When I wrote my first novel, I was a full-time college student, full-time 911 dispatcher, new wife, and mother of a three year old and a seven year old. And I wasn’t studying English or writing (that was undergrad). I was majoring in Political Science with plans to go to law school, so I was writing papers and prepping for debates damn near every day. 


But I wanted to write a book. I didn’t know how I’d make it happen, but I was hellbent on doing it. Here are 10 things I did to find the time and motivation to write my first book:

Did lots of wee-hour writing

With school, work, and the kids, it was really all the time I had. I’d stay up until about two or three in the morning, writing next to my snoring husband. Yeah, waking up in the morning was made that much more harder to do, but I worked it out. Then it got to the point, sometimes, where I couldn’t even sleep unless I did some writing first.

Wrote at work

As I used to say, I’d “do my work at work.” The job pretty much stayed busy, but every now and then I snuck in a couple sentences. 

Told my co-workers 

I’m super transparent, but I’m also really private. I don’t know how the two can co-exist, but hey. I didn’t even tell ’em when I was pregnant. They found out when I couldn’t hide it anymore. But I told ’em I writing a book. A few were really proud of me and very encouraging. Some were faking-smiling skeptics. Both helped. If I open my mouth about it, I gotta do it. Generally speaking…

Called babysitters 

Most of the times the kids were gone, I didn’t even write, to be honest with you. I’d be too tired to, or I’d have other stuff to catch up on. Either way, the rest-up and the catch-up still gave me the necessary time and energy when the kids were back and I decided to write again. 

Found a conference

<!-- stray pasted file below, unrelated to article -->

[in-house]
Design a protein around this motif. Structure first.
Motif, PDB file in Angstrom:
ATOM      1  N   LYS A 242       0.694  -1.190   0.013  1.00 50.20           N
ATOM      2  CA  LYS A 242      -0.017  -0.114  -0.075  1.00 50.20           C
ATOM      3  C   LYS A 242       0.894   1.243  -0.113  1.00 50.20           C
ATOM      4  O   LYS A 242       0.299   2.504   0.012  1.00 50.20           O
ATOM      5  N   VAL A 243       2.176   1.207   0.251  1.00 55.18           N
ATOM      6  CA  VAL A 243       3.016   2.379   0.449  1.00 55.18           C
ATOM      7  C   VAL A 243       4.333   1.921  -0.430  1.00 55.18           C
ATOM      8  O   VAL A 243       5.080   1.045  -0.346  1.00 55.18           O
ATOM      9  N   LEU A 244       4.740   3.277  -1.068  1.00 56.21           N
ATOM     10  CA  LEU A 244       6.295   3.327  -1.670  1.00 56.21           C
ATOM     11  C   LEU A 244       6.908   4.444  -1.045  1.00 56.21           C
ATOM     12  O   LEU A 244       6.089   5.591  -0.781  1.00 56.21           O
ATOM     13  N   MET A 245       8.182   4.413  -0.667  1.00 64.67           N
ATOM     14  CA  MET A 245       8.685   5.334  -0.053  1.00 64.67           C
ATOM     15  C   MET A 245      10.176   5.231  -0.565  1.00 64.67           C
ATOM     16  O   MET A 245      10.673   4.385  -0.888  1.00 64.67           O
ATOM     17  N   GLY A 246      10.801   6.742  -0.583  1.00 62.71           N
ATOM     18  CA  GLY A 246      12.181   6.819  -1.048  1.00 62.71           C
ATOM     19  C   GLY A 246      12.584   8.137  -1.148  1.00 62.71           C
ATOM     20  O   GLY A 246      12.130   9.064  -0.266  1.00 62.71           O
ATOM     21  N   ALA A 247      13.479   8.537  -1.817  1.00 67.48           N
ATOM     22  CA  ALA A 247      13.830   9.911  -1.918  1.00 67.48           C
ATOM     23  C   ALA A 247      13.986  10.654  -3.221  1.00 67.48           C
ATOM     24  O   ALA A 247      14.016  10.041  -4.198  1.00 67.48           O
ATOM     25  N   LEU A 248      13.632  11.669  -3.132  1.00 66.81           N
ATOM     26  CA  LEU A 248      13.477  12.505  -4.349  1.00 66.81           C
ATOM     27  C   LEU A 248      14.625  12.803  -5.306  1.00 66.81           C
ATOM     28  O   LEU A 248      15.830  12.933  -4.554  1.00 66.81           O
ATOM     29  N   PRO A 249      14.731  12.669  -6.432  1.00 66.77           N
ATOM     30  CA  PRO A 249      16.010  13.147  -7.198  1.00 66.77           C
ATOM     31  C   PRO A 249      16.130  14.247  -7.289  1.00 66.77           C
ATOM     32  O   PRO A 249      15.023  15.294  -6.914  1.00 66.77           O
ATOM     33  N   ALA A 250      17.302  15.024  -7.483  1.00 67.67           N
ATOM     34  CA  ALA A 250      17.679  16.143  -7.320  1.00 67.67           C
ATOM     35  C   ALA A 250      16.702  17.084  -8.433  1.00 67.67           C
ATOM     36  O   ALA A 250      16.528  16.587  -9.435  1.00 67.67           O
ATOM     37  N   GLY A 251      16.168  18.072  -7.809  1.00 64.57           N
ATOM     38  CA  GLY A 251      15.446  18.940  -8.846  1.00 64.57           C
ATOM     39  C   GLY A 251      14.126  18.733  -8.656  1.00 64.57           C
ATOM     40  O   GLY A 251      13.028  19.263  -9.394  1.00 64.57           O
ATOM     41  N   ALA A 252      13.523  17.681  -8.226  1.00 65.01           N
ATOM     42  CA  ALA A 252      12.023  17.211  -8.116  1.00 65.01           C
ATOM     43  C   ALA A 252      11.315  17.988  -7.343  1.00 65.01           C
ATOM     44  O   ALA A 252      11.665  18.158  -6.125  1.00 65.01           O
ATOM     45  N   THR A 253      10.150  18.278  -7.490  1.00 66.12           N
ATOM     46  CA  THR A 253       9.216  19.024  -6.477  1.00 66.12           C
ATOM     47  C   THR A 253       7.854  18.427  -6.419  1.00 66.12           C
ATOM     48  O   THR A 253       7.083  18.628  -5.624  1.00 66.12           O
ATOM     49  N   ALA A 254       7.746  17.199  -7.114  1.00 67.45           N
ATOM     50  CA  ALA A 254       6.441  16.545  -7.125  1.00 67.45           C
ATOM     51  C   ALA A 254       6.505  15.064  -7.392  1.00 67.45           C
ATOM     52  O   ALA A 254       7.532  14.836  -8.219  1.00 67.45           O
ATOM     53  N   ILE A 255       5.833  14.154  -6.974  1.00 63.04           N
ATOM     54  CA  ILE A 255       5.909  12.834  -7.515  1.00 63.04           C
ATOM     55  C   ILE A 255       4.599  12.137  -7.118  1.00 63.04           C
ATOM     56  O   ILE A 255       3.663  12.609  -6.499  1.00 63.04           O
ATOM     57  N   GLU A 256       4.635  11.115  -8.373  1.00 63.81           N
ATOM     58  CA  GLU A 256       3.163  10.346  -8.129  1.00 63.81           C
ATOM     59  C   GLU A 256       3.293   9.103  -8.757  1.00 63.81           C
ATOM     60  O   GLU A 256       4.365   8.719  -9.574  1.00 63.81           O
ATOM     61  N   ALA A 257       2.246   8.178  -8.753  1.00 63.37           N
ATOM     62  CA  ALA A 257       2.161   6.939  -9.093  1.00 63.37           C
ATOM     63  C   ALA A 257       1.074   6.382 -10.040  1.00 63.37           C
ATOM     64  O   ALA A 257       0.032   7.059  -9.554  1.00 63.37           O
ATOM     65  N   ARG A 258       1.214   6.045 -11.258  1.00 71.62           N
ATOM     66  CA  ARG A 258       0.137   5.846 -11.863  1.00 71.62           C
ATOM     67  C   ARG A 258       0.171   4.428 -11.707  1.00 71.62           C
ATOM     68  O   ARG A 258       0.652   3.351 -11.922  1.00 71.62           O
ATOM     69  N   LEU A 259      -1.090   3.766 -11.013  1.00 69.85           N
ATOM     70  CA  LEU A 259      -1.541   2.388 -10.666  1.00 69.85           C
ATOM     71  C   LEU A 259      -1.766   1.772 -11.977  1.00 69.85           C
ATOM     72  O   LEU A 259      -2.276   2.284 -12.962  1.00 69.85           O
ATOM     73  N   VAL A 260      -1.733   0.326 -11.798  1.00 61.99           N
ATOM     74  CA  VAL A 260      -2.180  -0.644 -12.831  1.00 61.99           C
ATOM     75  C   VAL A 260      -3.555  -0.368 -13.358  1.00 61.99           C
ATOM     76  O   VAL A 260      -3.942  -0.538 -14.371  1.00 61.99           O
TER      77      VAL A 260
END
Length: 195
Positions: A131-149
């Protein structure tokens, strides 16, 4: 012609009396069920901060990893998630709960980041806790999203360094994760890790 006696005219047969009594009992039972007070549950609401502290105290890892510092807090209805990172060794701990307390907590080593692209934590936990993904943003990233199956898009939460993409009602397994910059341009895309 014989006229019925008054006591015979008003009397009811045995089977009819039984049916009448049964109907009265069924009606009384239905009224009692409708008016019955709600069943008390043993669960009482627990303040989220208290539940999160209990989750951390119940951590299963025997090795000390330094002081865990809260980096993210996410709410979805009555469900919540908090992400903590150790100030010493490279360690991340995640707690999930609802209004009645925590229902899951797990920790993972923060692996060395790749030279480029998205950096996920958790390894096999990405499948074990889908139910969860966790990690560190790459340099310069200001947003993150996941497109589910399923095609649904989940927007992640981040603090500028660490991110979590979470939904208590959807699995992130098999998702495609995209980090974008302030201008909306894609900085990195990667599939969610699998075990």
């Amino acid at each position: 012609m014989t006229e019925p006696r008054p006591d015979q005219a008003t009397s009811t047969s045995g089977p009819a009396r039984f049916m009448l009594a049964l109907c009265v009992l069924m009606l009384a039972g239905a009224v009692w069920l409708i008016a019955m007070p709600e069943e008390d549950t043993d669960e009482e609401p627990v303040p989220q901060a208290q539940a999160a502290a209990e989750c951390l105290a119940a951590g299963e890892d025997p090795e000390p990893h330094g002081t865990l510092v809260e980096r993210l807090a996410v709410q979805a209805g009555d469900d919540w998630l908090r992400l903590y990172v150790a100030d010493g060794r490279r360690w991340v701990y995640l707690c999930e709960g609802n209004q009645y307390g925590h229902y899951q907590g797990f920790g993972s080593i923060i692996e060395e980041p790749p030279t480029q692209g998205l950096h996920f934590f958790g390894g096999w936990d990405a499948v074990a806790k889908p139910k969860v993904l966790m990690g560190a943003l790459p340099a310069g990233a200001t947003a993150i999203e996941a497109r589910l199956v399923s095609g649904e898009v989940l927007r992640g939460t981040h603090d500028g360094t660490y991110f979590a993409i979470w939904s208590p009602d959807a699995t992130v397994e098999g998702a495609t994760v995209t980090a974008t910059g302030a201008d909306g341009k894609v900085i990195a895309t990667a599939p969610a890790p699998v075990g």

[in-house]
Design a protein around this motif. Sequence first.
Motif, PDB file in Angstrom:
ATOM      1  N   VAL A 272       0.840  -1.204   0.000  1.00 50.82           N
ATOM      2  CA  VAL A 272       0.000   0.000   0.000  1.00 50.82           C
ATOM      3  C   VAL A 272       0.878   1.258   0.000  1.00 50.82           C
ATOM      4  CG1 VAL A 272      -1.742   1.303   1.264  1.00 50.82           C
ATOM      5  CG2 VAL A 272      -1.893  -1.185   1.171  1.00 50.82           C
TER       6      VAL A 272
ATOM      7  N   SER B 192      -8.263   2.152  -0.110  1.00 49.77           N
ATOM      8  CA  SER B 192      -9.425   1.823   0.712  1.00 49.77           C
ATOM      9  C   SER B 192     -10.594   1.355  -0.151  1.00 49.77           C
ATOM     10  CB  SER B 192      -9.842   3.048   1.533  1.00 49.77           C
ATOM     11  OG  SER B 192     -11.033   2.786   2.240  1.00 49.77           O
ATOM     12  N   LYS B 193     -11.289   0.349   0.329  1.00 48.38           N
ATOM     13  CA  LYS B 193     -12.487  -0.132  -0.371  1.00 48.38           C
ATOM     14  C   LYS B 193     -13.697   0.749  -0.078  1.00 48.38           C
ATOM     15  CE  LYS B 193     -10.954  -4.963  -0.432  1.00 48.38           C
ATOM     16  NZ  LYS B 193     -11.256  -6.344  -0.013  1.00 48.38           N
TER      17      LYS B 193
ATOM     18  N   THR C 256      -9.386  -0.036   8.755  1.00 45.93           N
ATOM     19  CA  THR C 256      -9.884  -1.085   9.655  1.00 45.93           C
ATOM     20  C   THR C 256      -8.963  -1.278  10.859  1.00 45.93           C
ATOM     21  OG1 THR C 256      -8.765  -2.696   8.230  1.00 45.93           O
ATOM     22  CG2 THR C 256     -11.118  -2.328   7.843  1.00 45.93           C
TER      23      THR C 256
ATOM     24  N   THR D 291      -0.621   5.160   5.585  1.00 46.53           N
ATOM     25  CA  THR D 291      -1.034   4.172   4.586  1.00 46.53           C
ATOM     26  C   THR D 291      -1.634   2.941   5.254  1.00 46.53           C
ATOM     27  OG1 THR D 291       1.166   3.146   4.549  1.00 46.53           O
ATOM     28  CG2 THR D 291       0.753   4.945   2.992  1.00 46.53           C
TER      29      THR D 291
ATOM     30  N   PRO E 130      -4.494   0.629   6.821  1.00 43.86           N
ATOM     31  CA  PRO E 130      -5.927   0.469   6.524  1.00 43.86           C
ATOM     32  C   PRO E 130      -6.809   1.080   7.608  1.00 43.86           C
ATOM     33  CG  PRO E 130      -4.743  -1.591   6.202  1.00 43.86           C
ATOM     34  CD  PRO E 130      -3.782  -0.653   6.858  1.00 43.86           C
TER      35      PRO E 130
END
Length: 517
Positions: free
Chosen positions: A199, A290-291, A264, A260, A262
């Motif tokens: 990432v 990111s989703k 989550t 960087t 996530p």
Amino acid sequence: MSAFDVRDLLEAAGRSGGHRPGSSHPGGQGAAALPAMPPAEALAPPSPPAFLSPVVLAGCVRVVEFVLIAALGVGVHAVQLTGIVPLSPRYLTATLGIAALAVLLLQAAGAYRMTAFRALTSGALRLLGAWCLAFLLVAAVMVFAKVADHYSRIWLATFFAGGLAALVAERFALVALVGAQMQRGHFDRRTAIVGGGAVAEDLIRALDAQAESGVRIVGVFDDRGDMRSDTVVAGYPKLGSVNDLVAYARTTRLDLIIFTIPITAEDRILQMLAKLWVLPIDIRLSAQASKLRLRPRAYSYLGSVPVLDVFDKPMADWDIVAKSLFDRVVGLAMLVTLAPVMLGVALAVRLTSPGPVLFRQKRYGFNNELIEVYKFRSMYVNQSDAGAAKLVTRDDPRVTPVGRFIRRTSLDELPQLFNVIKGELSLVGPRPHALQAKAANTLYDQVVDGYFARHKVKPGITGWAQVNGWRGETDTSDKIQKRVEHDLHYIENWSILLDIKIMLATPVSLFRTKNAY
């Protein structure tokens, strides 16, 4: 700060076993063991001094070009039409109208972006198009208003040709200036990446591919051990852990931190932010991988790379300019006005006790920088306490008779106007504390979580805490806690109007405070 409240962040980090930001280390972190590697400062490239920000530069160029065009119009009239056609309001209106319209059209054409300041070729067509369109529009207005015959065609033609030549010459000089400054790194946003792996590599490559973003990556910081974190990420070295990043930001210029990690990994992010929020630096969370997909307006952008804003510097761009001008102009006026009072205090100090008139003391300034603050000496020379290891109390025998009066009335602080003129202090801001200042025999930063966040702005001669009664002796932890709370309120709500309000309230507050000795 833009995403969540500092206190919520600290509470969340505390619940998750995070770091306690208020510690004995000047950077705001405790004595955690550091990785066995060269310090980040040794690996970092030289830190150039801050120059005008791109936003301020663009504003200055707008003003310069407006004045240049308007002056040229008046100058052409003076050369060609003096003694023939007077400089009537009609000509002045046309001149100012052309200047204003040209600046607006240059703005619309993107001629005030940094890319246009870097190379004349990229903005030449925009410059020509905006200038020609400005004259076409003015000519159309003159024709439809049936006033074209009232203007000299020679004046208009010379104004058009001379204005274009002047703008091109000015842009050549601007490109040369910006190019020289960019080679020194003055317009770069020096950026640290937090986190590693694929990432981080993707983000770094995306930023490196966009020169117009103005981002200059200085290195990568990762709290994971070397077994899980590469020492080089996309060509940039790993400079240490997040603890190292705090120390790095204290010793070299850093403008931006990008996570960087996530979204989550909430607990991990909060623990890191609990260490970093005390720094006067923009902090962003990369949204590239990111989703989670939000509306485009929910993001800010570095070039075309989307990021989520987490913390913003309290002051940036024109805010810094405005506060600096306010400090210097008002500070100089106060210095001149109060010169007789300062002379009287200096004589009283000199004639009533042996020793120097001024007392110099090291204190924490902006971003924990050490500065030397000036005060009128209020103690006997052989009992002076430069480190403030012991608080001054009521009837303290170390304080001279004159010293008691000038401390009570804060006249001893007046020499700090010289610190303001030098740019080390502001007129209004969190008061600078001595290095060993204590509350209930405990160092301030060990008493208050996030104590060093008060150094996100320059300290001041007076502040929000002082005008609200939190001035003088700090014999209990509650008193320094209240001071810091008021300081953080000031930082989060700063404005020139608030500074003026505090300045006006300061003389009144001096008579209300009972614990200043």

The Black Writer’s Reunion and Conference. I went through a lot to be there, but I made it. I felt it in my bones that I had to be there. And thank God I did. I learned a helluva lot and connected with beaucoup writers–those with agents, some self-published, and many tryna finish their first book like me. 

Connected with other writers 

Or should I say I stayed connected with other writers. A few I met at the conference, we started a group chat to hold each other accountable. I could talk to my mom, husband, and home girl all day, but they couldn’t really feel my pain (and pleasure) of writing a book. Others writers could. [Put your $200 down for the writing retreat this May.]

Read books on writing

I read so many books on the writing process. Two of my favorites being The African American Guide to Writing and Publishing Nonfiction by Jewell Parker Rhodes and On Writing: A Memoir of the Craft by Stephen King. 

Talked through the hard parts

I’m a floater, so that helps me when I’m stuck. I don’t necessarily need advice; I just need a sounding board, someone to hear me ramble. I used my partner and closest friends for this part. And it helped. [What kind of writer are you?]

Planned a party

Now I didn’t start planning a party until I was about 75% finished, but that helped too because it gave me something to look forward to. 

Kept going

When I decided to write a book, one of my friends said she was going to write with me. When I found the conference, another said to count her in. Both backed out, but I kept going. At 1 in the morning when I was tired as shit and the devil was tryna convince me that no one was going to read it or buy it, I kept going. Once I finished writing it, I didn’t know what to do next (find an agent, an editor, someone to design my book cover, etc.), but I kept going. 

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